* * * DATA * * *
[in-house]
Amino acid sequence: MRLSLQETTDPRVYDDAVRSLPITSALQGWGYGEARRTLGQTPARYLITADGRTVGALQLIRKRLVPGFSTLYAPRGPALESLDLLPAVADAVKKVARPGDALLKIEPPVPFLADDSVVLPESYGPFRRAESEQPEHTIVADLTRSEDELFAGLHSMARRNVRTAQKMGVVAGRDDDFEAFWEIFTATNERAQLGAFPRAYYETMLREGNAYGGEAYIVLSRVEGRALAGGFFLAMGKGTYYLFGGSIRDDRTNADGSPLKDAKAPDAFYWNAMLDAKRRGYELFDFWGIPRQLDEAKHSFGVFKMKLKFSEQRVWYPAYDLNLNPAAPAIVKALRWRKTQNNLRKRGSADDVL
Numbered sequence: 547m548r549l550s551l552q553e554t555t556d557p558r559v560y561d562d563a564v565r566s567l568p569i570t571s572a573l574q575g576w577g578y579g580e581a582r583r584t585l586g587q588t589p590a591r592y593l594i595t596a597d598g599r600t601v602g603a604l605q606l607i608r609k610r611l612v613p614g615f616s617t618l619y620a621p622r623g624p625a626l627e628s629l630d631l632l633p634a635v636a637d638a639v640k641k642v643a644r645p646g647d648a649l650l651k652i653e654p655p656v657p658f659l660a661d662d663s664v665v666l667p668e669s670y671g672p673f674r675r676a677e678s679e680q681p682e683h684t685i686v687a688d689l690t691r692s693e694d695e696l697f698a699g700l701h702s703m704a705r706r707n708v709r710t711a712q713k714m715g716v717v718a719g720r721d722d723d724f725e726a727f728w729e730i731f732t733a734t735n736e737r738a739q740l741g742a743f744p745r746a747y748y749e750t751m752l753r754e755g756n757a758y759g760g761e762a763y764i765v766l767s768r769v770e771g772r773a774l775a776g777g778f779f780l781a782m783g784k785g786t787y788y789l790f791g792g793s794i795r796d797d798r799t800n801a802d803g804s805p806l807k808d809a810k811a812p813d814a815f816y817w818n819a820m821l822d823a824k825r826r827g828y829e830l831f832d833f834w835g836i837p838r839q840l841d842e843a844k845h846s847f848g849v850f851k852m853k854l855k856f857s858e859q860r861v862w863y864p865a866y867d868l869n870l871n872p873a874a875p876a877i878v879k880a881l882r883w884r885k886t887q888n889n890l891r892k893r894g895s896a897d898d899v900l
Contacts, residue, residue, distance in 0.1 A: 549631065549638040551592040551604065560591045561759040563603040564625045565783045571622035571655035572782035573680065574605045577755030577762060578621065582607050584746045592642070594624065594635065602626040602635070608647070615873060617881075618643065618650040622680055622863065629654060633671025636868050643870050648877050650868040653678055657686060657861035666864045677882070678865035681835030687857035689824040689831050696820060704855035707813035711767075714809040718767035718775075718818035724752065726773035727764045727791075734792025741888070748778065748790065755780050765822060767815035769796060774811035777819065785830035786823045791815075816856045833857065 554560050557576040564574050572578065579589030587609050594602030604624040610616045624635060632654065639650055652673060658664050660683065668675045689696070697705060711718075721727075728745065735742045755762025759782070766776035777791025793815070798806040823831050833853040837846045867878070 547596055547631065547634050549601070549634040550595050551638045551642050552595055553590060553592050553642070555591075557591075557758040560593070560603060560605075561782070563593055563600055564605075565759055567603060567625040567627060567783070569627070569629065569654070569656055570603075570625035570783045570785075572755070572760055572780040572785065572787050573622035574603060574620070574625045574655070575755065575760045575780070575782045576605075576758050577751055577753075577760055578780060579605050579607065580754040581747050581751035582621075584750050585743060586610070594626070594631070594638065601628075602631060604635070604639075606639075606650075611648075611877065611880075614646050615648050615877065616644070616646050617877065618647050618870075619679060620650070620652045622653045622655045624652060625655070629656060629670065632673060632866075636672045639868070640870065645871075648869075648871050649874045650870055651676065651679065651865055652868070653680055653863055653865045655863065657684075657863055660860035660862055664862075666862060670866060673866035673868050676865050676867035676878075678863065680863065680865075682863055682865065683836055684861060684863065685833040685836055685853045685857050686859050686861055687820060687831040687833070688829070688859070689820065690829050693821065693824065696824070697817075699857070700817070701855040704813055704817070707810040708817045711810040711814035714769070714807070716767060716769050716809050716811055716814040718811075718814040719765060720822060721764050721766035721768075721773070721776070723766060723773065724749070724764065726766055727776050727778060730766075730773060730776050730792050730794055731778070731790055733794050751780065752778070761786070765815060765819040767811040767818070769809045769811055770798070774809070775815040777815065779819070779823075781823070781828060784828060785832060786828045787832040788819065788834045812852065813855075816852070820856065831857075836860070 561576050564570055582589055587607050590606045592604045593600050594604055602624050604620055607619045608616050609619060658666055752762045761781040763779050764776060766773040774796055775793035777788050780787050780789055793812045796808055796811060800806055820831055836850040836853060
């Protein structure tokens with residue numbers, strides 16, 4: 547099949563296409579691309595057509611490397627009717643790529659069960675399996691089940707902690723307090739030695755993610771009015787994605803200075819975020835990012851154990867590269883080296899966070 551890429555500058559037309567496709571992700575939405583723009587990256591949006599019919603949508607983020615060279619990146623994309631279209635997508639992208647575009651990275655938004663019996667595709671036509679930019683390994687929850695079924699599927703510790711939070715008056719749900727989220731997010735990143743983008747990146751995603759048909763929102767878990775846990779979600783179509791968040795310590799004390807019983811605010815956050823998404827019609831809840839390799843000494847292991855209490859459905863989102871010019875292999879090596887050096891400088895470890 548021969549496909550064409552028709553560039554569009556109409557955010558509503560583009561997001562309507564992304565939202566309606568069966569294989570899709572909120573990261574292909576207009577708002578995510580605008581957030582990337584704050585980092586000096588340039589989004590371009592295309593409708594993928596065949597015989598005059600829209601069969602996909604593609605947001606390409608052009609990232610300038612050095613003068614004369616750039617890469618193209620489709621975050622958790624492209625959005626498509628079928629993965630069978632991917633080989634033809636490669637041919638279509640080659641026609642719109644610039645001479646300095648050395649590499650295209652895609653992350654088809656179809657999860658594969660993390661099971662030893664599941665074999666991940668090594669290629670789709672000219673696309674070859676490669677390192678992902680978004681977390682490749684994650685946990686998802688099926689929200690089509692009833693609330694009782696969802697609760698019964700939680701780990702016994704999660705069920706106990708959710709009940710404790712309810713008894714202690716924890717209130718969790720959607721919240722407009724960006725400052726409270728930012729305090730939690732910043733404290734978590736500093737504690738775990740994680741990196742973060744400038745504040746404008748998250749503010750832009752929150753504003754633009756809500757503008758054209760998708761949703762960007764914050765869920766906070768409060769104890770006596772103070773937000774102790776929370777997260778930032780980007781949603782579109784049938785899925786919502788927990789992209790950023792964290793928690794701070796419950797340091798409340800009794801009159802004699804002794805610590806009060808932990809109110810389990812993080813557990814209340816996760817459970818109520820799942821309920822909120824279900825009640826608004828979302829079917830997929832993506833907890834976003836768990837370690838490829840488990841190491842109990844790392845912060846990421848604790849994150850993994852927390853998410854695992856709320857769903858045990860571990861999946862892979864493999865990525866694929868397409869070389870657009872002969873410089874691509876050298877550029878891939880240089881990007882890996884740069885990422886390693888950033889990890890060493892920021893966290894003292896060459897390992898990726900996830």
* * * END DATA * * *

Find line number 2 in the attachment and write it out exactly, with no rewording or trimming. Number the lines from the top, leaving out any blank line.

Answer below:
Amino acid sequence: MRLSLQETTDPRVYDDAVRSLPITSALQGWGYGEARRTLGQTPARYLITADGRTVGALQLIRKRLVPGFSTLYAPRGPALESLDLLPAVADAVKKVARPGDALLKIEPPVPFLADDSVVLPESYGPFRRAESEQPEHTIVADLTRSEDELFAGLHSMARRNVRTAQKMGVVAGRDDDFEAFWEIFTATNERAQLGAFPRAYYETMLREGNAYGGEAYIVLSRVEGRALAGGFFLAMGKGTYYLFGGSIRDDRTNADGSPLKDAKAPDAFYWNAMLDAKRRGYELFDFWGIPRQLDEAKHSFGVFKMKLKFSEQRVWYPAYDLNLNPAAPAIVKALRWRKTQNNLRKRGSADDVL